I'm getting frustrated with all this talk of not rebuilding New Orleans, and how it's economically unsound (which is wrong) and untennable engineering-wise (which is false) to have a city there. This meme is being pushed hard by Bush supporters. It's a great way to deflect blame and avoid accountability. It's also, in effect, an exercise in blaming the victim.
Now that the federal government, in the immortal words of Mayor Nagin, finally got off its ass, it's time to start thinking about these issues. As noted by Chris Bowers at MyDD, based on the SUSA poll, 31% of Americans now say the city of New Orleans should not be rebuilt, up 7 points in the past 24 hours. The right-wingers' campain to shift blame is already working, and New Orleans is going to pay dearly for it if they get their way.
More on the flip, with meme-fighting LTE suggestions.
New Orleans is there because the country needs it there.
A huge area of the country relies on having a port at the mouth of that great river, where containter ships meet the river barges coming from all over the basin.
See map of Mississippi River Basin.
The economic benefits for this huge section of the country dwarf the costs of the engineering projects required to keep a small chunk of the delta dry. The culture, the music, the food are wonderful side benefits that people focus on first becaure they're the most visible side of the city (and, in my book, enough to be worth rebuilding it). But, fundamentally, New Orleans is a port, and an economically sound one.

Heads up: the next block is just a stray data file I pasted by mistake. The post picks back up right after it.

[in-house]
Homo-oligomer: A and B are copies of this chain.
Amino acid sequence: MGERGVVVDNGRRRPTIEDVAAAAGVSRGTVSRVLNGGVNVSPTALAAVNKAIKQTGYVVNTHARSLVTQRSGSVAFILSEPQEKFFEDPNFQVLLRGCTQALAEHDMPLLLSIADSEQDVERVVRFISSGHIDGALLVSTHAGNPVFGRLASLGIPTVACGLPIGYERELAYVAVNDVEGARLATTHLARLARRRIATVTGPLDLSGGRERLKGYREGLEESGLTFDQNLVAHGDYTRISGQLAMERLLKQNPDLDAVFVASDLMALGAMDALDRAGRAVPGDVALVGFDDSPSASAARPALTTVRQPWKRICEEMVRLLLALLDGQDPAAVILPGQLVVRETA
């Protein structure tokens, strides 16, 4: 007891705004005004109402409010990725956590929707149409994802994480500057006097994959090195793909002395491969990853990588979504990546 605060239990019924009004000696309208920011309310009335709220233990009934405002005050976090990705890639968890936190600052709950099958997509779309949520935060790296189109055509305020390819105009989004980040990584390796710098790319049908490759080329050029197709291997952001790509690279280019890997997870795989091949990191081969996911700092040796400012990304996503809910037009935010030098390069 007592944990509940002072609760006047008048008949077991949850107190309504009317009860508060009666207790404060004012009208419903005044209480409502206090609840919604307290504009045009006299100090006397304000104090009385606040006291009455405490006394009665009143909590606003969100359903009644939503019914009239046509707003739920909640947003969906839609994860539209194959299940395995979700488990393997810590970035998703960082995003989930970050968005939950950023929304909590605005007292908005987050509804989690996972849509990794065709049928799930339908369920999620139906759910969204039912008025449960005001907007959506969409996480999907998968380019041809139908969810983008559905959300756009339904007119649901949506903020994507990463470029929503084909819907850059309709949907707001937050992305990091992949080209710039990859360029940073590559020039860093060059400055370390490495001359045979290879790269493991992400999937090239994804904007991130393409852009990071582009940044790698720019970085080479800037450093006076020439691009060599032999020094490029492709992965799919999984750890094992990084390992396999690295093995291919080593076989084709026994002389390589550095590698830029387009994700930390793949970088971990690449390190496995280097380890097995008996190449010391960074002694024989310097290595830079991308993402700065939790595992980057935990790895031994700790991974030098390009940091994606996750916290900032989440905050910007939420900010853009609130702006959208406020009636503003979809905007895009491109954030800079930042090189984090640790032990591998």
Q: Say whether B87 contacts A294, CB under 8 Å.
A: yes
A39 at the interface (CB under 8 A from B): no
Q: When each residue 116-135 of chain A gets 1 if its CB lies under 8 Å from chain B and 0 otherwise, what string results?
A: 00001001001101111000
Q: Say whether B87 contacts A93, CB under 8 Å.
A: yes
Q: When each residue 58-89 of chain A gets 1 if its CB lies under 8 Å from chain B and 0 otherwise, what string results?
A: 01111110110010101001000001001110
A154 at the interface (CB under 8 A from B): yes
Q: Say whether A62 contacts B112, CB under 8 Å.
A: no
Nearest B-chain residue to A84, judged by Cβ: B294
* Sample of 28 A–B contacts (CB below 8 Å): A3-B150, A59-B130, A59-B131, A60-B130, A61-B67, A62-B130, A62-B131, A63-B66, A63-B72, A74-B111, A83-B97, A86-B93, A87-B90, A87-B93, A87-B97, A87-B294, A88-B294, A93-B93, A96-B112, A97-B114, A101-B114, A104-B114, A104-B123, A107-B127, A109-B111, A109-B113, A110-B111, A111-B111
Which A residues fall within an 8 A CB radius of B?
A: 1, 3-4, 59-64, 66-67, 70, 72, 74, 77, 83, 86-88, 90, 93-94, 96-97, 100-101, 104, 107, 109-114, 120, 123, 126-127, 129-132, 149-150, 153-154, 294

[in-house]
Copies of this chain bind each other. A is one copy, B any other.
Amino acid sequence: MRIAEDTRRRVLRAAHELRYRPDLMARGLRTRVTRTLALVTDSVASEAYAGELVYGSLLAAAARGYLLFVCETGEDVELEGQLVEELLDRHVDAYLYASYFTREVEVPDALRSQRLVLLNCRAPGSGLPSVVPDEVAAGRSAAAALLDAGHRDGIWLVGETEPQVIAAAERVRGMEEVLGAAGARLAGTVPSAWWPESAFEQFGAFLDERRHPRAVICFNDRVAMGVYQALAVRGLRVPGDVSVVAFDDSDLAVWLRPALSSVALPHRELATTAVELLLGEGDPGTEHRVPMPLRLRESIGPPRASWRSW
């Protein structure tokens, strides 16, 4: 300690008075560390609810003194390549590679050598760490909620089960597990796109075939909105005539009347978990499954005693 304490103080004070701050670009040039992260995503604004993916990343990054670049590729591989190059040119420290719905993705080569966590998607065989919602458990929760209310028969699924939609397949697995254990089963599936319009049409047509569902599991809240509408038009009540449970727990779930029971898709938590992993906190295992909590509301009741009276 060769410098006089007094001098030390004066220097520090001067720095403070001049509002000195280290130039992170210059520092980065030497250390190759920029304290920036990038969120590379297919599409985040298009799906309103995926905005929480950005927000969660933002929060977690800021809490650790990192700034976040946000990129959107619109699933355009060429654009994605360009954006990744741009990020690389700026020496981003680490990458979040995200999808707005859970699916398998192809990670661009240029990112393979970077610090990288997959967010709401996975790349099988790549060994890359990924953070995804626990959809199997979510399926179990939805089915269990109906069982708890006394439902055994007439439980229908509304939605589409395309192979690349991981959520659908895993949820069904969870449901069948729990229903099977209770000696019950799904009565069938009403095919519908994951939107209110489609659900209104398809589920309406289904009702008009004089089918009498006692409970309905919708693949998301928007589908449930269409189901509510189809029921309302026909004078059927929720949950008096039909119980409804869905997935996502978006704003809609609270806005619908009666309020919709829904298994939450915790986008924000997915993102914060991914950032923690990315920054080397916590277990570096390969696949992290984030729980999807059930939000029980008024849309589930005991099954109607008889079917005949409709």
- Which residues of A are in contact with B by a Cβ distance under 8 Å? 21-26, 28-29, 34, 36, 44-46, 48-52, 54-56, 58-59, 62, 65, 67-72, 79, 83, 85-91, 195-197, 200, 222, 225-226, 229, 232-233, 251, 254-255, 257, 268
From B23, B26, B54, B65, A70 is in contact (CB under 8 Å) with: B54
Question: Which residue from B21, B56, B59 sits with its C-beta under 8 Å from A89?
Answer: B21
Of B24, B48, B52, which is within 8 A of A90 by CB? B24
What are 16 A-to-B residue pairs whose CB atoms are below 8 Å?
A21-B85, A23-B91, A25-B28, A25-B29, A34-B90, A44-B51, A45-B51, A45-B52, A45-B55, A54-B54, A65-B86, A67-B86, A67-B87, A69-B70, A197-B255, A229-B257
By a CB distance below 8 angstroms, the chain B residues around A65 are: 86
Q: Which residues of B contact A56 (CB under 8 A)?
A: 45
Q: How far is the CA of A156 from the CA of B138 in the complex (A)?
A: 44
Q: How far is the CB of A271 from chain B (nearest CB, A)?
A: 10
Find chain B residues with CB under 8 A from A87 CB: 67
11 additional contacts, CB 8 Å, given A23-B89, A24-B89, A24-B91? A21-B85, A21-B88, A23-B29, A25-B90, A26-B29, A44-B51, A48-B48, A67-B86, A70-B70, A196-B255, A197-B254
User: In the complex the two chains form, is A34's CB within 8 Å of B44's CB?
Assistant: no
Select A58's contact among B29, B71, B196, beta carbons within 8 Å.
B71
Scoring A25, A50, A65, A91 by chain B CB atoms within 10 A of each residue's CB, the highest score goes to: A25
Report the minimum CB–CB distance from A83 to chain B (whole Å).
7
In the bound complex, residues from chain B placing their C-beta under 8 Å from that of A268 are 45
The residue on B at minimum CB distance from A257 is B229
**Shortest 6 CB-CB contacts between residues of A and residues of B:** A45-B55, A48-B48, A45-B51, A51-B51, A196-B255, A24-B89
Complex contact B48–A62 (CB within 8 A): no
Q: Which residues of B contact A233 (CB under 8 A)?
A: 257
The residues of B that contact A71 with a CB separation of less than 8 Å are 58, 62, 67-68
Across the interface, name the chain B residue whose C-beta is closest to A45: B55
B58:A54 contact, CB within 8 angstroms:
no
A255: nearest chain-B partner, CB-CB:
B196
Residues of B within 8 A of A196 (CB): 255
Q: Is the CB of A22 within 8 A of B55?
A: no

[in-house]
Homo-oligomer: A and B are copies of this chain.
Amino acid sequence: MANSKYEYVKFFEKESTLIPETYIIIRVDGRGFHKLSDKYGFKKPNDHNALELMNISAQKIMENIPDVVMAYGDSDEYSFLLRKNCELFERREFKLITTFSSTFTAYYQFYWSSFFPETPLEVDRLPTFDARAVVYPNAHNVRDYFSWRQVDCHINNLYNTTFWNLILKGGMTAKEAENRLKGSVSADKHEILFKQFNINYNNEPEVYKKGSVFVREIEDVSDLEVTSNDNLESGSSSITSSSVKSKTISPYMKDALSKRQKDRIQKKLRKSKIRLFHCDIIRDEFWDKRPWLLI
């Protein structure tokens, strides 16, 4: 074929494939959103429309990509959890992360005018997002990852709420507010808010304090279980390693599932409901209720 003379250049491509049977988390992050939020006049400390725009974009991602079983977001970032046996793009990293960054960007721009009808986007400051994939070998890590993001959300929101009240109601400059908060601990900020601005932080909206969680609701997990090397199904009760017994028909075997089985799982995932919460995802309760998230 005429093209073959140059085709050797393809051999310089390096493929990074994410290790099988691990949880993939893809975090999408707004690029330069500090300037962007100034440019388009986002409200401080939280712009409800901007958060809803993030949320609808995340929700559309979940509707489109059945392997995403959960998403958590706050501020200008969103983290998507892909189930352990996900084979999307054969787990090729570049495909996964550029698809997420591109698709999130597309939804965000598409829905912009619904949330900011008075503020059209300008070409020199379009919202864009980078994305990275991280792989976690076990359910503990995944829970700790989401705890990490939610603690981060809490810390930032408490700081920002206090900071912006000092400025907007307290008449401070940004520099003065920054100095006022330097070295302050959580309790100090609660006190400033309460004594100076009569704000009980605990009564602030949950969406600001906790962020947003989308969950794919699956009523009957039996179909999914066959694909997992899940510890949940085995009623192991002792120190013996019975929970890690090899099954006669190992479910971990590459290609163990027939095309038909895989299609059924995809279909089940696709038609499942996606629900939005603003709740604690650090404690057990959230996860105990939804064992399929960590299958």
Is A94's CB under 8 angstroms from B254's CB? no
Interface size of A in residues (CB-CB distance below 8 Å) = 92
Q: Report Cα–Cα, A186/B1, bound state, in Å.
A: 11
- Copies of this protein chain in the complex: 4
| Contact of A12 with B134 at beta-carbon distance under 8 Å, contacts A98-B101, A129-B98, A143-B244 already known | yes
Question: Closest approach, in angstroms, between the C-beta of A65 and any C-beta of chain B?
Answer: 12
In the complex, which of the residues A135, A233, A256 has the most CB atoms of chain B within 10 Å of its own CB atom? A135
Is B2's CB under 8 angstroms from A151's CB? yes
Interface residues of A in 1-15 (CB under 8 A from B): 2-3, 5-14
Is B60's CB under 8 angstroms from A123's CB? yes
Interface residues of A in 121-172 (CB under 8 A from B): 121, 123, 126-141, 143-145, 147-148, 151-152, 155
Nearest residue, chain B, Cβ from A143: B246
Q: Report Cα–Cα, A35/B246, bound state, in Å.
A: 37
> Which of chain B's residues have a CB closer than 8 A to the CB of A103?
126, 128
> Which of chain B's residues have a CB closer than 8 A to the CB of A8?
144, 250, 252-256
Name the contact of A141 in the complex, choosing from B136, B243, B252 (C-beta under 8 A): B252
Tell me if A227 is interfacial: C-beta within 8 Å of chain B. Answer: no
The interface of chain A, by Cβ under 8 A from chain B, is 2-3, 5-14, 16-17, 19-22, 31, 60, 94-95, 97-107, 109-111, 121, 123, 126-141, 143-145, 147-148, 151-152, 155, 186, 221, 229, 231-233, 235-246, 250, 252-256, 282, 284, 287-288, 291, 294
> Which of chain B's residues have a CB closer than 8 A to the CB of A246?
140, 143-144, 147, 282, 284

The engineering problem is not such a big deal, given a couple billion dollars. This is peanuts compared to Iraq and to the pork in the energy bill. It's also peanuts compared to the costs we're facing now due to the disaster.
One third of The Netherlands is below sea level, and North Sea storm surges can get to 10 feet on top of very high tides.
See the Deltawerken web site (there's a video with good views of the Oosterscheldekering, the biggest of all storm surge barriers).
London is also vulnerable to the storm surges from the North Sea cyclonic storms. The mouth of the river protected by the Thames Barrier, which can be closed when needed.
See the Thames Barrier (wikipedia).
Building practices on the wetlands around the city have been completely irresponsible (and there no rebuiling should happen), but that's not New Orleans' fault. In the NY Times, Mark Fischetti has more details on the history of the city's defenses, and on what should have been and was not done.
See Mark Fischetti's column in the NY Times.
Suggestion on what you can do: Fight the meme! Write letters-to-the-editor saying:
- New Orleans is needed where it is, a large part of the country depends on having a port there.
- Protecting the city against the sea is a feasible engineering task (and cheap compared to the benefits). The Dutch have done it not just for a city but for a whole third of the country (and they have storm surges too).
- It's shocking that this Administration let the sea defenses deteriorate so badly by underfunding the work of the Army Corps of Engineers.
- It's outrageous that Bush supporters are now blaming the victims, the people who kept a city the country needs running. This is an obvious attempt to deflect blame for the lack of disaster prevention and preparedness over the past four years.